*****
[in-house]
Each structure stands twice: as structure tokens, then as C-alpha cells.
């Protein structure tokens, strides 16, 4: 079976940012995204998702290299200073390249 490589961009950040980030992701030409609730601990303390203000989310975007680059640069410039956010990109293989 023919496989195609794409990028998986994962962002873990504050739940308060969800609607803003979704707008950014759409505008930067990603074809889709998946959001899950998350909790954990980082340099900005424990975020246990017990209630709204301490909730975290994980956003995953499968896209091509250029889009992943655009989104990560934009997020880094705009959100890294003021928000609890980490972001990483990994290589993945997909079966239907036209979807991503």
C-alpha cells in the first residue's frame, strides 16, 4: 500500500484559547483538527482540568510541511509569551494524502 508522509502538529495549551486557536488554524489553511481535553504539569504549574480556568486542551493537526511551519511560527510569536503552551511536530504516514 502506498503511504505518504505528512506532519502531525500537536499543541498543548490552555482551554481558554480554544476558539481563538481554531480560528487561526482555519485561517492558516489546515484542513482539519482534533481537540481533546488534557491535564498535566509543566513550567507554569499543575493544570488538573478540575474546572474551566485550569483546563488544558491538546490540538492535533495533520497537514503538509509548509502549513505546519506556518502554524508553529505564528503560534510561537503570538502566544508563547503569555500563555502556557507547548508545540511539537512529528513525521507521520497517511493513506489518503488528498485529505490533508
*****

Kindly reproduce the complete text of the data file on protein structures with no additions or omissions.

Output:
[in-house]
Each structure stands twice: as structure tokens, then as C-alpha cells.
């Protein structure tokens, strides 16, 4: 079976940012995204998702290299200073390249 490589961009950040980030992701030409609730601990303390203000989310975007680059640069410039956010990109293989 023919496989195609794409990028998986994962962002873990504050739940308060969800609607803003979704707008950014759409505008930067990603074809889709998946959001899950998350909790954990980082340099900005424990975020246990017990209630709204301490909730975290994980956003995953499968896209091509250029889009992943655009989104990560934009997020880094705009959100890294003021928000609890980490972001990483990994290589993945997909079966239907036209979807991503």
C-alpha cells in the first residue's frame, strides 16, 4: 500500500484559547483538527482540568510541511509569551494524502 508522509502538529495549551486557536488554524489553511481535553504539569504549574480556568486542551493537526511551519511560527510569536503552551511536530504516514 502506498503511504505518504505528512506532519502531525500537536499543541498543548490552555482551554481558554480554544476558539481563538481554531480560528487561526482555519485561517492558516489546515484542513482539519482534533481537540481533546488534557491535564498535566509543566513550567507554569499543575493544570488538573478540575474546572474551566485550569483546563488544558491538546490540538492535533495533520497537514503538509509548509502549513505546519506556518502554524508553529505564528503560534510561537503570538502566544508563547503569555500563555502556557507547548508545540511539537512529528513525521507521520497517511493513506489518503488528498485529505490533508